Wave Watching

I vacationed in St. Augustine Florida last week.  I dedicated one day to sit on the beach and set up my umbrella and chairs.   The beach is a place where I feel the greatness of God.  Standing on the beach, I become a tiny grain of sand.  I feel that God is in control and I am like the flower that neither toils nor spins (Luke 12:24).   I need to be reminded of this because I so often sorrow over the things that are out of my control.  I wade out, over waist deep and watch for the waves — catching them before they crest — jumping — safely floating over and watching for the next one.  Sometimes, I was watching the shore and the wave slapped me in the back of the head — salty water finding its way behind my sunglasses and stinging my eyes.  So much like life — the things I sorrow over with bitter salty tears.  I give up and walk back to shore.  The umbrella oasis is abandoned for lunch.  God will still be here when I get back.

I return later and cower under the umbrella oasis — journal in hand — alone — intending to write the wonders of spiritual wave watching.  My eyes wander.  ‘Why do people wear what they wear on the beach?’, I wonder to myself.  I open my journal and feel the coolness of the paper.  My pen to the paper and… I am distracted — four ladies chattering on their blankets near by — smoking and sipping margaritas from the poolside Tiki Bar.  They tell each other their stories — I try not to listen.  They get up for another swim in the ocean.  My pen to the paper again and…. I think the family to my left is French.  They call out to their little daughter who wants to run to the ocean and is half way there.  I studied French years ago and I try to hear what they are saying.  The daughter is scooped up and brought back to their blanket.  My pen to the paper again and…. There is this woman covered head to toe in fabric — long sleeved shirt, leggings, hat, scarf, and sneakers — obviously sensitive to the sun but unable to resist the beach.  She walks to the life guard stand and gestures out to the ocean.  The life guard speaks into his phone and a truck arrives with two more life guards.  Two helicopters make sweeps up and down the coast two or three times.  I never find out exactly what happened.  My pen to the paper again and ….. The four ladies come back from the water and stretch out once more — chattering.  One is extolling the benefits of the diet meal delivery plan she is on — it cost less per month than the grocery store.  I don’t know her so I don’t know if it is working but she is enthusiastic.  They get up and begin packing their things.  My pen to the paper again and.… One of the ladies walks near to me and says, “You are writing in a journal.  I write in one too, now, ever since I had a near death experience in January.”  Curious now and to encourage more, I respond, “Yes, and this is a wonderful place to write.”  She continued moving to keep up with her friends, saying to me, “Oh, I will be back out here tomorrow.”  The assumption that perhaps she would tell me more tomorrow.  I didn’t have a chance to tell her I was leaving in the morning to go home.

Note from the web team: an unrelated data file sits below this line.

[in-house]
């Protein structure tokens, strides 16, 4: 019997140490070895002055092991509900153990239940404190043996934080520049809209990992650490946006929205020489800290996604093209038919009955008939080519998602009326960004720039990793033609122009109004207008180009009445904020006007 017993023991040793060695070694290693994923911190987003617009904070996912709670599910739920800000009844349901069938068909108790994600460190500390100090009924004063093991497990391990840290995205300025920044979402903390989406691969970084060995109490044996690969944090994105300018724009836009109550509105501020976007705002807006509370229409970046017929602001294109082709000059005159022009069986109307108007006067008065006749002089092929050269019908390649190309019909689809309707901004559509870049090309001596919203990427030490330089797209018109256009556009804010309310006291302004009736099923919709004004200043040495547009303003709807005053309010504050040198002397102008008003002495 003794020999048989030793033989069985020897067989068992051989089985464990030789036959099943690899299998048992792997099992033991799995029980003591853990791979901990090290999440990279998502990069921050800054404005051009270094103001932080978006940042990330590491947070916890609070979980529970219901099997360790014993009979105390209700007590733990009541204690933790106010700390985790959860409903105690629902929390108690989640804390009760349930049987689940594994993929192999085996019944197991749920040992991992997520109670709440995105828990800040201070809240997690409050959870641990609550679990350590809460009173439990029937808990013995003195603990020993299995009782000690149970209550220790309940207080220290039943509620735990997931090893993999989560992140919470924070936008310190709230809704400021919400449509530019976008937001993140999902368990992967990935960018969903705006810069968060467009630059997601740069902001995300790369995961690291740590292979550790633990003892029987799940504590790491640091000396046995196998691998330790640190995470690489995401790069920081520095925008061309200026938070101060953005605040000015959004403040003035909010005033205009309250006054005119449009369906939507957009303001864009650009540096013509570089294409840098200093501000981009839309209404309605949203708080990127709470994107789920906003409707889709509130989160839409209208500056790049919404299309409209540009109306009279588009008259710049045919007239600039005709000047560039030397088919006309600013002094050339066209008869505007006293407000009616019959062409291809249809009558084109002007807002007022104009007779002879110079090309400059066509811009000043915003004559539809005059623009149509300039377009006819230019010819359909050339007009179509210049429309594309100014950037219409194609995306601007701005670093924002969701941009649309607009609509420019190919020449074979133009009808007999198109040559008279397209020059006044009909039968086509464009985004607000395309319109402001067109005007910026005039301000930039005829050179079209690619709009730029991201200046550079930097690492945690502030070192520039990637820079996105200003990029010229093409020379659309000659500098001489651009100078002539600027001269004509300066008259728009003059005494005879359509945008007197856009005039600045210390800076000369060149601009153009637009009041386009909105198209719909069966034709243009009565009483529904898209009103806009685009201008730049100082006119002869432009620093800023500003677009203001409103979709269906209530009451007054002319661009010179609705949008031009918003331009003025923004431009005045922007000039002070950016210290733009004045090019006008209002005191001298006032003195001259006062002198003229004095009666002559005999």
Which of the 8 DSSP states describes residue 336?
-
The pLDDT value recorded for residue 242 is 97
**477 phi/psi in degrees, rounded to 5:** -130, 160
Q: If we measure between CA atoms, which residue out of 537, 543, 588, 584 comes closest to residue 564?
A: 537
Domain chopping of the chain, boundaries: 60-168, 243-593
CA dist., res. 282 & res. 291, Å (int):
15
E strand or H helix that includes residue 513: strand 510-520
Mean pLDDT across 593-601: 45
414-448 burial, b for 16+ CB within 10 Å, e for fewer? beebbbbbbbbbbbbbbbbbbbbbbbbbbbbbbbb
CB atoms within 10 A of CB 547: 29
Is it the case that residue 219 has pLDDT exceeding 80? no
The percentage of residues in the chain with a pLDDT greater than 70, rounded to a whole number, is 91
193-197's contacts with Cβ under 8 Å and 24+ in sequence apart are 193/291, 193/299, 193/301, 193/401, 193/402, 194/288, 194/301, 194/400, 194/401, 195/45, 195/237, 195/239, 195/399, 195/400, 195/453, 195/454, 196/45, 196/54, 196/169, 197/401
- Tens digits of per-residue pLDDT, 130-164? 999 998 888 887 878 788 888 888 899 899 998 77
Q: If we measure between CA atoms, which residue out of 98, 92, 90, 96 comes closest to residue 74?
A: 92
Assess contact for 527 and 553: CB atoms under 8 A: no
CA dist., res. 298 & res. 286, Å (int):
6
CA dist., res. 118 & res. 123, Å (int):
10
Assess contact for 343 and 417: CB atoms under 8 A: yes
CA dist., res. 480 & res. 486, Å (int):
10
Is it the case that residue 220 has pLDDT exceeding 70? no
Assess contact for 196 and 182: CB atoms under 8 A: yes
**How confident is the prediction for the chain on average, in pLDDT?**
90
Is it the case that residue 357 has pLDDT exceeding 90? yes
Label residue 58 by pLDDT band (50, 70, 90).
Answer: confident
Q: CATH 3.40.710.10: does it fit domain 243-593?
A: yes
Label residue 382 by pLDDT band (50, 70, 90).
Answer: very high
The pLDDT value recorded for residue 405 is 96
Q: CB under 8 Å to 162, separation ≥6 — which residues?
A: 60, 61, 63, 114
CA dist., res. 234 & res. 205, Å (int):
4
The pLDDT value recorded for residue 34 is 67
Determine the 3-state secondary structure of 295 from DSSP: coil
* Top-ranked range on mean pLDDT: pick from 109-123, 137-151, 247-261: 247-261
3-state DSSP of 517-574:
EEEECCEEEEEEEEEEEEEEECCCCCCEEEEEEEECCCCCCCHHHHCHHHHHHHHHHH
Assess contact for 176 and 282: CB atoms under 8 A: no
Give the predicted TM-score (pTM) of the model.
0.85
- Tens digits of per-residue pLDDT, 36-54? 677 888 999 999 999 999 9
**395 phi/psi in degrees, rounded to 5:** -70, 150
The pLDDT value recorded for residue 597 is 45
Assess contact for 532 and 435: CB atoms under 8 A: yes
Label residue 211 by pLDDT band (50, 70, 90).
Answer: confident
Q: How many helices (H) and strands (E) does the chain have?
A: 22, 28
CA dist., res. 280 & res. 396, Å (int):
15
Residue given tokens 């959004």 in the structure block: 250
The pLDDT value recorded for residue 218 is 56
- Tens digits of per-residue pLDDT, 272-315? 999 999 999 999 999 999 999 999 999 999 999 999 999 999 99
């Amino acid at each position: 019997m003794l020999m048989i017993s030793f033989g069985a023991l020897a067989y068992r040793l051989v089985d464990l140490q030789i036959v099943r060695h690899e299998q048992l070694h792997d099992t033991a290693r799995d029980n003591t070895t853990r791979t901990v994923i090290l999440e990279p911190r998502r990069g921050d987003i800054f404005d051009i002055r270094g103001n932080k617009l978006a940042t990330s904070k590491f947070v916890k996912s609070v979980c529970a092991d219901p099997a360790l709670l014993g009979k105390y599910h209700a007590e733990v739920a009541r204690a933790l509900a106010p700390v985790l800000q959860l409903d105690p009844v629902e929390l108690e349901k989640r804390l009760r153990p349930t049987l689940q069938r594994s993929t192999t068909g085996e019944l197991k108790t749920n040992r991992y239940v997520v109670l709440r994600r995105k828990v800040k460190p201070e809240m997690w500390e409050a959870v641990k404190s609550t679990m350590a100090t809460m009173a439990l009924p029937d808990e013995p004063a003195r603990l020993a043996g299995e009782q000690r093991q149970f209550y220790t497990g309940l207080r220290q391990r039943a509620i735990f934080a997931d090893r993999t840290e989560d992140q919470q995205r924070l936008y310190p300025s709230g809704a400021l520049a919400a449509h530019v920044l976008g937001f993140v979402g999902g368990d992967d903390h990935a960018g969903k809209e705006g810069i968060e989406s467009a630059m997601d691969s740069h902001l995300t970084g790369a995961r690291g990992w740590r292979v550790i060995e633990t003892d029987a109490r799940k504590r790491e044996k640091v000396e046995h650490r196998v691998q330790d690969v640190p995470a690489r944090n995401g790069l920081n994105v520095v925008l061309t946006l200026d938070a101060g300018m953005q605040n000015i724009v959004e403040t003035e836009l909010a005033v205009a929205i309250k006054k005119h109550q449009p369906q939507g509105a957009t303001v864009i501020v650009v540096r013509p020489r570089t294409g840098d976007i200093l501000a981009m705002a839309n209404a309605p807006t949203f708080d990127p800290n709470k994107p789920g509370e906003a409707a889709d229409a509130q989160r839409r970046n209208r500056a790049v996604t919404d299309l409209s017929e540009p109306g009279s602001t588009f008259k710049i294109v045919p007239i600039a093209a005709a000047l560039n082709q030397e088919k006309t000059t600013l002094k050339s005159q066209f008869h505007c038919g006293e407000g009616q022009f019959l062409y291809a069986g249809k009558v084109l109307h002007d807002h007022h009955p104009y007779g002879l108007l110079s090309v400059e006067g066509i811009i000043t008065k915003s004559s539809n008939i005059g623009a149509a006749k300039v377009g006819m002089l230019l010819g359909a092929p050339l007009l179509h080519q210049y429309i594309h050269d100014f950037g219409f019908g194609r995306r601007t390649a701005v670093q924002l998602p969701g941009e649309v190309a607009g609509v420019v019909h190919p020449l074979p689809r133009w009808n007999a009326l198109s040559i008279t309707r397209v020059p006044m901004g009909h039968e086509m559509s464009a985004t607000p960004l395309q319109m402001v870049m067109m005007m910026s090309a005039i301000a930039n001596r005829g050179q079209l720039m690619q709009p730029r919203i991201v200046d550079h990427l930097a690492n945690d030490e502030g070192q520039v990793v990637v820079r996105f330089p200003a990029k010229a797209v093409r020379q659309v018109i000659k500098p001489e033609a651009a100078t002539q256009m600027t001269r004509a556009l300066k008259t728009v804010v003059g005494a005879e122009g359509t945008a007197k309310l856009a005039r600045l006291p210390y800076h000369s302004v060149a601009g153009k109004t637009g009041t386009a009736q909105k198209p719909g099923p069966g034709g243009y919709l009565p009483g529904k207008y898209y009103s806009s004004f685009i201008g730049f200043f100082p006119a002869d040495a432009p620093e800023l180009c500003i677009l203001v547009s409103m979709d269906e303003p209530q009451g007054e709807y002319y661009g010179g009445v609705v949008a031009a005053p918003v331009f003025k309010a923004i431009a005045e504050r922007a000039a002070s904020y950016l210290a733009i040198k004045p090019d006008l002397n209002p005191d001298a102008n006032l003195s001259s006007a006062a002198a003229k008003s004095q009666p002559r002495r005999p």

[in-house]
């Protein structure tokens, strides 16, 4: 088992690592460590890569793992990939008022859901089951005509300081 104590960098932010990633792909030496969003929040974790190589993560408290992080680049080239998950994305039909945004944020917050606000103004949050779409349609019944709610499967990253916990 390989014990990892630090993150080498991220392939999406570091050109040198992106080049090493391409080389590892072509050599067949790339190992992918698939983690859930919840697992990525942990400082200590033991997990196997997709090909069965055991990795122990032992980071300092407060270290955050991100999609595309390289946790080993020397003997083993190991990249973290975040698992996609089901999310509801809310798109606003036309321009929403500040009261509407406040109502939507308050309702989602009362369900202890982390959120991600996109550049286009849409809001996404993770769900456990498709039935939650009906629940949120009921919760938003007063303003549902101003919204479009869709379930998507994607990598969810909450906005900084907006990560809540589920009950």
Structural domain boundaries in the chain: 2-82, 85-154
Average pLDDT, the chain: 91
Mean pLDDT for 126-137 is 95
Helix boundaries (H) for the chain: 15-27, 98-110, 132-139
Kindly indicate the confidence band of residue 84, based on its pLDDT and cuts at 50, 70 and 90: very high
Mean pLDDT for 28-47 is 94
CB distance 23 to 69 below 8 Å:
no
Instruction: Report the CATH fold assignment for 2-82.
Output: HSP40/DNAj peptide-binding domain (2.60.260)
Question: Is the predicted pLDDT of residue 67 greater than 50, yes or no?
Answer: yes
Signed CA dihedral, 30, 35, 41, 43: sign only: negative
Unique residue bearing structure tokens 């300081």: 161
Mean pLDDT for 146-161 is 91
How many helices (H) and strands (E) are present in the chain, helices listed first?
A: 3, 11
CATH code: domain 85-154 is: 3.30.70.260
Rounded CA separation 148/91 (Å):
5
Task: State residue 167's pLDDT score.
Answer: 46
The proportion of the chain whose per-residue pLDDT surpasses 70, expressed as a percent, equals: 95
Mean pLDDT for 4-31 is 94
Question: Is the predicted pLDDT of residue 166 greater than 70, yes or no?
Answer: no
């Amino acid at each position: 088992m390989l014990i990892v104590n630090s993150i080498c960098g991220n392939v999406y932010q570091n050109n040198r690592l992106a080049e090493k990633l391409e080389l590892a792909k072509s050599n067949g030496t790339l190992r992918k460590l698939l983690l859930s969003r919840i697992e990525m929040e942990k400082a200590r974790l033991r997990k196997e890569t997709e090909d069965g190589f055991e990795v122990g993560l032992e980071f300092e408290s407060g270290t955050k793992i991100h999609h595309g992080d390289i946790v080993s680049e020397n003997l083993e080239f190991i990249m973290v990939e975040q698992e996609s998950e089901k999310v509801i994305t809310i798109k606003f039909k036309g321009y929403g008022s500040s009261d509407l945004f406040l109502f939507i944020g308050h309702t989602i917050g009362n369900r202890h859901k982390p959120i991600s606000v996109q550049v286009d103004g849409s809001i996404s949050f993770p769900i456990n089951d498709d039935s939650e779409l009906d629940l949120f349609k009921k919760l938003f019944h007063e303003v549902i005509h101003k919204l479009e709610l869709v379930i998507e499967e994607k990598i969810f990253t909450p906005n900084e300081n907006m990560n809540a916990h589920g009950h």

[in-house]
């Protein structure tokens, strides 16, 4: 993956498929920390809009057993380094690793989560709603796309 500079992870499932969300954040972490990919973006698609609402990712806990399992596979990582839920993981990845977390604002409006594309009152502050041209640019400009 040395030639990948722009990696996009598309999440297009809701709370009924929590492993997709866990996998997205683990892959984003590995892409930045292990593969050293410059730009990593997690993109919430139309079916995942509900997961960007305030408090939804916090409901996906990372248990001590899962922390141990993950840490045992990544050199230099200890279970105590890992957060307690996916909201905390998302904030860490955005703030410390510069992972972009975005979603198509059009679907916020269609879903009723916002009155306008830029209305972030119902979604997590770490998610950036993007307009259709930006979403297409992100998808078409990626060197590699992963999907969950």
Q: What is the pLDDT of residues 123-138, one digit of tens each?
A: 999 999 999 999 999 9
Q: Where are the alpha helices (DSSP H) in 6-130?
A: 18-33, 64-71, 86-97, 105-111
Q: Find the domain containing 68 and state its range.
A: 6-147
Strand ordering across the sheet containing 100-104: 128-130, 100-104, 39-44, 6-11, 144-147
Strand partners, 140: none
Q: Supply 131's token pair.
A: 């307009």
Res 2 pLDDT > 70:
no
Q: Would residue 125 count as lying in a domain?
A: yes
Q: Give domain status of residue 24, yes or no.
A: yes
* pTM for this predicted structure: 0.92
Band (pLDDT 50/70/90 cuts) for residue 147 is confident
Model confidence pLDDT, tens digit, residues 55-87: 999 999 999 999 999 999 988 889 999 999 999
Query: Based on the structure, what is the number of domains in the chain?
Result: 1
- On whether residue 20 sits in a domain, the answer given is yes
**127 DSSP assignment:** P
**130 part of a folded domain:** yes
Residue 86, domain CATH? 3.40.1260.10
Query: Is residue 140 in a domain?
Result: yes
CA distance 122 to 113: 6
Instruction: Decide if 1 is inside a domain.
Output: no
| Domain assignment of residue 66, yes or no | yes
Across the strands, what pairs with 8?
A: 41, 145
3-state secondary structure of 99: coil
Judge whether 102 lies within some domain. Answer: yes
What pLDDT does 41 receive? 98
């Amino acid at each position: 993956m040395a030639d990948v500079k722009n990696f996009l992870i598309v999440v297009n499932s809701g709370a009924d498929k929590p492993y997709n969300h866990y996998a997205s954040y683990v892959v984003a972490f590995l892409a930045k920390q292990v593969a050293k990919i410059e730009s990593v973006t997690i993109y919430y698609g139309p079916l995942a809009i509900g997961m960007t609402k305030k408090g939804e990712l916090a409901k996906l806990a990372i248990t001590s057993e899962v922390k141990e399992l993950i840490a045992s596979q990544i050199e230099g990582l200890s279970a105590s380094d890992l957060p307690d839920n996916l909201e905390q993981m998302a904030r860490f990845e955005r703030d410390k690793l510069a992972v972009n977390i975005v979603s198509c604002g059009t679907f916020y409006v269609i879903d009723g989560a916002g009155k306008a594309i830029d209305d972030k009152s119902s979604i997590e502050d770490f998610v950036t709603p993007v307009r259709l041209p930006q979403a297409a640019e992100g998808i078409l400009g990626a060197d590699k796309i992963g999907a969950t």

I noticed then that many more people had left.  Just as the solitude I’d sought was at hand — I heard thunder and saw the threatening clouds.  I closed my journal and began to pack away my umbrella oasis.  I was no longer thinking about what people were wearing on the beach, or, diets.  A bit miffed at myself for my earlier superficiality; I was wondering about the rest of that story.

St. Augustine Beach July 09

St. Augustine Beach July 09

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